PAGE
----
Her Father’s Daughter by Marie Sizun (transl. Adriana Hunter): A sharply poignant gem

Cover image Although I’ve read several books published by Peirene – including the dazzling poetic White Hunger, set in a savagely cold Finnish winter – this is the first I’ve reviewed. For readers who haven’t yet come across them, Peirene publish novellas in translation, dubbed by the Times Literary Supplement ‘Two-hour books to be devoured in a single sitting: literary cinema for those fatigued by film’, a quote which they proudly include in their marketing material – and who wouldn’t? They publish three books a year each fitting a particular theme; Her Father’s Daughter is part of the ‘Fairy Tale: End of Innocence’ bundle. It’s Marie Sizun’s first novel, published when she was sixty-five, and it’s an autobiographical one.

The eponymous daughter, named France but known throughout as ‘the child’, is just over four years old when the novel opens. She lives in cosy, indulgent intimacy with her mother, regularly grumbled at by her grandmother. As the war she’s heard so much about on the radio draws to a close, it seems that her father will be coming home, something she finds deeply unsettling. When she visits him in hospital she’s horrified to find herself shut out from her parents’ loving reunion. Worse, when her father comes home he’s appalled at her spoilt ways, insisting she learns how to behave and resorting to hitting her when she fails to do so. The child turns in upon herself, closes down her emotions, watches her parents and comes to a new understanding of the world. When one day she sees the first flash of tenderness in her father, she decides to become the daughter he wants her to be. So begins a new relationship which tips the child’s balance away from her mother towards her father. All seems well, but there’s a secret she has to tell, something that happened in Normandy when he was away, something that her mother and her grandmother insist must have been a dream. When she reveals it, not understanding its significance, her world explodes all over again.

Her Father’s Daughter is written from the child’s point of view in carefully controlled, quietly understated prose. The sensuous intimacy between the mother and daughter is vividly conveyed, contrasting shockingly with the violence of the father’s outbursts. There’s an intense immediacy to Sizun’s writing, sharpening the effect of the child’s stark observations. Her bewilderment at the unpredictable, puzzling behaviour of the adults around her is discomfiting, at times heartrending and made all the more so by the knowledge that this is an autobiographical novel. It’s a beautifully expressed piece of writing – spare, wrenching and engrossing. The ending, which has the adult France visited by an insight into her feelings for her father, seemed a little unconvincing but given those autobiographical roots, I can only hope that it was heartfelt.

I read Her Father’s Daughter just before the launch of Women in Translation Month which several bloggers I visit have been eagerly anticipating for some time. Should you want to know more you might like to explore #WITMonth on Twitter or take a quick trip to JacquiWine’s Journal where you’ll find a page devoted to the initiative, chock full of great reviews, .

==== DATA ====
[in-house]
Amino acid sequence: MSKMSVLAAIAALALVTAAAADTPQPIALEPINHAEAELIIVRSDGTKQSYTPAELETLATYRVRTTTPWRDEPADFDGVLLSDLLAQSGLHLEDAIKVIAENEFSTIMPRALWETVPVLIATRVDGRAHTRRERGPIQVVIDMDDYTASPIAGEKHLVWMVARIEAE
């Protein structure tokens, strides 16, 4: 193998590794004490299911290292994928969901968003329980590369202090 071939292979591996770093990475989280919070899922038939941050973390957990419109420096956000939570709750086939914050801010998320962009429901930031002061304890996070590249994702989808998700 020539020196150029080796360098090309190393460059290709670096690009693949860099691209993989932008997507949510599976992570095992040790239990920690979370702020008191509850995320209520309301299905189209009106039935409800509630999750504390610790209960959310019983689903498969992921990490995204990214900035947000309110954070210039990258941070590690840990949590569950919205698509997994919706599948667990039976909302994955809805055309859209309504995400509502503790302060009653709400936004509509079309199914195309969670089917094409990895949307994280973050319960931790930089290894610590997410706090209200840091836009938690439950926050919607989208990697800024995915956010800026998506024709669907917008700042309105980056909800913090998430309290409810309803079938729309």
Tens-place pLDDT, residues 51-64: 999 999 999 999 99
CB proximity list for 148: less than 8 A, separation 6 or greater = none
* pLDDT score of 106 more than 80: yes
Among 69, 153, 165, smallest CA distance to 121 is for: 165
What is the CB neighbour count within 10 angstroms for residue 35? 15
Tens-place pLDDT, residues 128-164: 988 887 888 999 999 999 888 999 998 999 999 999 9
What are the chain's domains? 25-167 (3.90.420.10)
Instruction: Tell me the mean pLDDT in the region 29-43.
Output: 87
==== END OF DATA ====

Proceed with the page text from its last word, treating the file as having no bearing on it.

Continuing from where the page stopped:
18 thoughts on “Her Father’s Daughter by Marie Sizun (transl. Adriana Hunter): A sharply poignant gem”

    1. Thank you, Caroline. It’s that quiet understatement that sharpened the book’s poignancy for me.

    1. Glad to hear that, Melissa. You’re absolutely right – Sizun and her translator manage to convey the maturity of a woman looking back while retaining a childlike quality which makes her experience all the more heartrending.

    1. I thought I had that buried somewhere in the pile but it seems not to be the case. Must get myself a copy! I think you’d like this one, Claire.

    1. Thank you, Gemma. It’s a little gem – very poignant and made all the more so because of its autobiographical nature.

    1. It’s not in the first person but it is from her perspective if you see what I mean. It’s very convincing – I think you’d like it, Naomi

      1. It sounds similar in narrative choice to My Name Is Leon: third person subjective which allows the author a little bit of leeway. I was very impressed with Leon and trust you that I’ll like this too.

          1. This is one of those cases where the hype is thoroughly justified. I found the first few chapters so difficult to read though as I filled in the gaps (as an adult) that Leon couldn’t. It’s brutally realistic in places.

  1. As I was saying on Twitter, I’ve been passing on this year’s Pereine titles partly because I’ve been trying to work through some of the other books in my TBR pile. (Like Claire, I have a copy of The Looking-Glass Sisters to read.) This one does sound very good though. They always seem to to pick such interesting books, Peirene.

    Many thanks for the mention and link – I love #WITMonth, one of my favourite reading events in the calendar.

    1. You’re welcome, Jacqui. Peirene have such a sharp editorial eye and it roams far and wide. This one and White Hunger are my favourites so far.

  2. I’ve read all of Peirene’s books prior to this year and, although I have my favourites, I’ve never been disappointment. For some reason I’v e taken to reading all three in one month in the last couple of years. Very much looking forward to this one.

    1. I’m still exploring their list but have yet to find a dud. I hope you enjoy this one as much as I did, Grant.

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